Have you ever thought about planting your own garden and reaping your own harvest? I know it may sound weird, but it can really help pull down the costs of food. Further, you control the planting, growing, and harvesting methods. This means that you can decide whether to use the dreaded “pesticides” or not (I prefer not to).
But what about the “work” that will be involved. Let me just take a little time to address some common questions/issues that come up when folks consider cultivating their own garden.
Gardening Just Takes Too Long
I think you might be exaggerating here. I remember hand spading my grandfather’s garden when I was a child, and some 1,500 took a few days. But if you go out and rent a modern day tiller from a local home improvement store, you can get a nice gardening tilled in an afternoon.
Gardens Just Won’t Yield Enough Food to be Worth the Investment
Perhaps for some exotic foods, you may not bring in a good crop. But if you stick to fruits and vegetables like squash, green beans, tomatoes, peppers, etc. then you will be able to harvest them multiple times, providing more of these veggies and fruits then you’ll be able to eat in one sitting. I remember harvesting bags and bags of green beans in my grandfather’s garden.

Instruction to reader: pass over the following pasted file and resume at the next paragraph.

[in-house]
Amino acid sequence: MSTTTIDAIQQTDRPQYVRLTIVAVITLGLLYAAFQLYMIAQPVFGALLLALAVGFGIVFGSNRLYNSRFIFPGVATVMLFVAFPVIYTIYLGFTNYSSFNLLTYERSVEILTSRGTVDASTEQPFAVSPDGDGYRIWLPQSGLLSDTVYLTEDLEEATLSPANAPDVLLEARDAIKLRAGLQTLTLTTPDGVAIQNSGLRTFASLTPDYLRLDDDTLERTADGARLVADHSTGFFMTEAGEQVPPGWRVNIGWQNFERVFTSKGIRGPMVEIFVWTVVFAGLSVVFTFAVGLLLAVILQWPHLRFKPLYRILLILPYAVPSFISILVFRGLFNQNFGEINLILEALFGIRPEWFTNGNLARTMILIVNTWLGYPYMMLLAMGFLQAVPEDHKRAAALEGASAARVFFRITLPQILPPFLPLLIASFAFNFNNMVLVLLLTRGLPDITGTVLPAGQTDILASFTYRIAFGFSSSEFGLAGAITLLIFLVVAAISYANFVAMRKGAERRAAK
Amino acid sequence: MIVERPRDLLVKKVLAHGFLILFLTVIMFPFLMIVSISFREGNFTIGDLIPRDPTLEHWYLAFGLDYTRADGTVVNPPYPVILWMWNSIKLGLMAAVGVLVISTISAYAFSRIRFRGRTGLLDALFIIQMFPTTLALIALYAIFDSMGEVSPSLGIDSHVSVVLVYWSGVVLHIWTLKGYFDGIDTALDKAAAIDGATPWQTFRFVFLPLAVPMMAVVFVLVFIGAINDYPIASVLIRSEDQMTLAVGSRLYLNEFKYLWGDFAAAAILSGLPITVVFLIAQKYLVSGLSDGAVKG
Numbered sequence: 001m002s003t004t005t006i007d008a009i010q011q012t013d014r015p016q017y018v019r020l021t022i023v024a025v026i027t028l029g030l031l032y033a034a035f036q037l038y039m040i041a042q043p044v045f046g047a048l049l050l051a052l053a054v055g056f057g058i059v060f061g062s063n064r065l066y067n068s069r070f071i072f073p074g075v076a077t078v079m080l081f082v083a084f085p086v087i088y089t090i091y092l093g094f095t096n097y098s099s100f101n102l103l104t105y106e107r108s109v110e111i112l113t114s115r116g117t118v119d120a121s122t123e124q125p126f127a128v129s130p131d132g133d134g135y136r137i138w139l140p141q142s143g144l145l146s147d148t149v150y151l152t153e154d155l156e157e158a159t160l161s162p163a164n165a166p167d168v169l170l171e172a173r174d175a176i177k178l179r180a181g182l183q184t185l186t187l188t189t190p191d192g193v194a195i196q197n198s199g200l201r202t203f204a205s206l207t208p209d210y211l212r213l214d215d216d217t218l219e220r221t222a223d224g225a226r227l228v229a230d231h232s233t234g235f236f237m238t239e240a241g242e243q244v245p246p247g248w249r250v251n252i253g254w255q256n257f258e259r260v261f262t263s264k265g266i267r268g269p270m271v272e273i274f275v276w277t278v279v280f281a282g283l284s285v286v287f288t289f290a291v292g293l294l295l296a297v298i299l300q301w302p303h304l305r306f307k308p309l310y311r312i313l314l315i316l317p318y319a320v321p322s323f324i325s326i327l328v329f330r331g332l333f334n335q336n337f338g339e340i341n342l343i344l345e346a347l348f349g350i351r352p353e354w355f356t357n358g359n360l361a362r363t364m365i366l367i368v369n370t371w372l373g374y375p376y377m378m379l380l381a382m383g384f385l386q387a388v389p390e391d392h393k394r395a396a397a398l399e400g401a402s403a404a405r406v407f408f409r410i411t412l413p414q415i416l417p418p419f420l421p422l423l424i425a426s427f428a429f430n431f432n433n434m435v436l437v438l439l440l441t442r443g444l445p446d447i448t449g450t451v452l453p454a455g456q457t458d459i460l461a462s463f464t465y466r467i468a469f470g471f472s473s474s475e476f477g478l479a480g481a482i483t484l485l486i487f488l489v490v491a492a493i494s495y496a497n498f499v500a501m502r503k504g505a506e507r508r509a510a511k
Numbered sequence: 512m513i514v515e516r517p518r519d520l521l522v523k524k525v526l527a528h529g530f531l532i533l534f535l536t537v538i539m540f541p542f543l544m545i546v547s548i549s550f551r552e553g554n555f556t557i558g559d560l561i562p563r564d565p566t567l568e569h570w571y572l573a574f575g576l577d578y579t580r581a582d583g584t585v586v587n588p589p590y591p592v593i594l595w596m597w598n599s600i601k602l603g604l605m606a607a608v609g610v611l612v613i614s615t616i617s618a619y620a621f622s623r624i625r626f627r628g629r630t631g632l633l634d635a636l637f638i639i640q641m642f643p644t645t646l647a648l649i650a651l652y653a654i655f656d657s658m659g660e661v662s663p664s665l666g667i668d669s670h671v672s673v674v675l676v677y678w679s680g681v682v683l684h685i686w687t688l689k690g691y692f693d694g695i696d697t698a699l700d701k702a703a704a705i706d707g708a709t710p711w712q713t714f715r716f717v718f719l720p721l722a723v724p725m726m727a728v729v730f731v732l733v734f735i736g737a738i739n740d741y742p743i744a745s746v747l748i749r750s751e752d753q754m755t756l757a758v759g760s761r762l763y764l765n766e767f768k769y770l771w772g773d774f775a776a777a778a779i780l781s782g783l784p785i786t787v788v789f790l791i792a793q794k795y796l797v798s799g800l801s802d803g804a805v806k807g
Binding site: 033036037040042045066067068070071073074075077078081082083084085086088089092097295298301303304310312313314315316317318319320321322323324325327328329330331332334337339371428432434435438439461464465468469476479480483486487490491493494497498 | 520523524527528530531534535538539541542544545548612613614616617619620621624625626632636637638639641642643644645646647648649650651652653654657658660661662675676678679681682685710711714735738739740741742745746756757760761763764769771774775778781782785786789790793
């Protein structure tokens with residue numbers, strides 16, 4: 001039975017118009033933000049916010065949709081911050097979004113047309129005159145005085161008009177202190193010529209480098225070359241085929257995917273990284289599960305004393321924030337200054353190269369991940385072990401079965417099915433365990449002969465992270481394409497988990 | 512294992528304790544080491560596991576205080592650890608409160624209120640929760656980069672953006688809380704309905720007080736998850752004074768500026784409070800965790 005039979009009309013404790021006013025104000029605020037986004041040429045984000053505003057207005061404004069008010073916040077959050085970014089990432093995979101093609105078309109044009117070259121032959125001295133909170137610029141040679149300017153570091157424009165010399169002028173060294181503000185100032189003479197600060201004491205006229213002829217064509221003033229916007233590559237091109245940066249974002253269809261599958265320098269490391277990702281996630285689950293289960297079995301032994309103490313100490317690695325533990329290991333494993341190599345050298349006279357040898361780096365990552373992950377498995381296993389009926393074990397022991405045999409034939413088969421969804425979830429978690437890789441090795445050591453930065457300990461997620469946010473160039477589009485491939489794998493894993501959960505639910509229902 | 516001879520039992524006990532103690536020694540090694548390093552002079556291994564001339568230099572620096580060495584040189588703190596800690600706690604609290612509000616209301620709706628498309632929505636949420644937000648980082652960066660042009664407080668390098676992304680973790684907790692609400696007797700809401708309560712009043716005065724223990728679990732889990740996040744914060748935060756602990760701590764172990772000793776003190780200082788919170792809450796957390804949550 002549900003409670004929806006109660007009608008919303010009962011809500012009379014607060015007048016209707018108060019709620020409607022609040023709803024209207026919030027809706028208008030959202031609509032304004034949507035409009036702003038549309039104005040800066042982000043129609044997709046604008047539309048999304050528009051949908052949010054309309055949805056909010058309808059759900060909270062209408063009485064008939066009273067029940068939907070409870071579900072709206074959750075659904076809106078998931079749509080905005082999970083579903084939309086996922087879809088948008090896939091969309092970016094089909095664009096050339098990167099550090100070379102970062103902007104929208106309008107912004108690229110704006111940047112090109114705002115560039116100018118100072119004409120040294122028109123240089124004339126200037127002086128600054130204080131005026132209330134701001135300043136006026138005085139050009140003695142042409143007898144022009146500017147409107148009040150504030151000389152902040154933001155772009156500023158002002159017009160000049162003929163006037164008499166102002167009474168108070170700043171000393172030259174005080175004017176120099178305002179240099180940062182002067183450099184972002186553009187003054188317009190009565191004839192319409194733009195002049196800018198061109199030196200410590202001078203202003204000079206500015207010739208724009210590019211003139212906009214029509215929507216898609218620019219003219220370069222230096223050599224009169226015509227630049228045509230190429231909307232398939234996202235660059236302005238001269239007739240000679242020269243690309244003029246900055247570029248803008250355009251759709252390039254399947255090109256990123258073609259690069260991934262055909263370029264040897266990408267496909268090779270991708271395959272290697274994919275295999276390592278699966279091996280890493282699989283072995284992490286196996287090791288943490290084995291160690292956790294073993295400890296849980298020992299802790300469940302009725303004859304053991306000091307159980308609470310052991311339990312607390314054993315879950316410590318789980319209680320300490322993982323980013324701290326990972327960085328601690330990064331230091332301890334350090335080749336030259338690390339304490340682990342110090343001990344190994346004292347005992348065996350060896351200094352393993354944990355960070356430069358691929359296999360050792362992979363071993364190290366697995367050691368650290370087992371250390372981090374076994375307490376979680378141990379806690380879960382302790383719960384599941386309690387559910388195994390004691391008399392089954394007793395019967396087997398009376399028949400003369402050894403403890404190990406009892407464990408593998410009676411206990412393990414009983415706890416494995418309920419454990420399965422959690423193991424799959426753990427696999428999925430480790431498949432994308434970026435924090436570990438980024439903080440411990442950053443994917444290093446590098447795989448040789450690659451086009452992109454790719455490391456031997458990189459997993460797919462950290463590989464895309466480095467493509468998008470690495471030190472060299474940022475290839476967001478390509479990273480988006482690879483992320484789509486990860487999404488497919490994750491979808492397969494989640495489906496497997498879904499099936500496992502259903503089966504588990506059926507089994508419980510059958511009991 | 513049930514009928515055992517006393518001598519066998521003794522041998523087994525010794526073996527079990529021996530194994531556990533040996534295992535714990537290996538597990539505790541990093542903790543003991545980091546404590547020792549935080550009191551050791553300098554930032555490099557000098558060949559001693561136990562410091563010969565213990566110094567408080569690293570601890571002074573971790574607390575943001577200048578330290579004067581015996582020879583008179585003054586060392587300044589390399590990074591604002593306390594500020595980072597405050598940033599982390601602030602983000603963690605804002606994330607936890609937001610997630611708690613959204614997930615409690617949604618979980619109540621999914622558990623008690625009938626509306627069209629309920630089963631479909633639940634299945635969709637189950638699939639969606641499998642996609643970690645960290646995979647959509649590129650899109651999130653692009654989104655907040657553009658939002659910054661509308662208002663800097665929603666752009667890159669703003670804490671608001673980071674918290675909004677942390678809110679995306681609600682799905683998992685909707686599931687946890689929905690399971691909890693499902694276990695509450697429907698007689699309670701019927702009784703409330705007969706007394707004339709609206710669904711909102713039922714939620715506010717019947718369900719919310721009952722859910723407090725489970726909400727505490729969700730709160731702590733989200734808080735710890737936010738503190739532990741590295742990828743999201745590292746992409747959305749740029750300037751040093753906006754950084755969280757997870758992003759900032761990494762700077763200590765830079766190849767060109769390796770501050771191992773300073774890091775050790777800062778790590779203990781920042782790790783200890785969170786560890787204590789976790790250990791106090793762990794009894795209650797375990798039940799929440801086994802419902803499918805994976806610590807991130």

Gardening Takes a Lot of Tools and Money to Get Started
While it does take some investment to get started, your ongoing costs are low. Getting a set of gardening tools might cost you some $100-$150 at a local home improvement store, but they’ll last for years! That money can get you a hoe, spade fork, cages for flowering plants, fertilizer, garden soil and seeds, and perhaps more. How far does that same money go at the grocery store?
So what do you think? Gardening may not be as difficult as you think. Again, with food prices soaring, and the use of harmful pesticides and chemicals on our large-scale farms, is it worth it to grow a garden? In many cases, I would say yes.
What about you?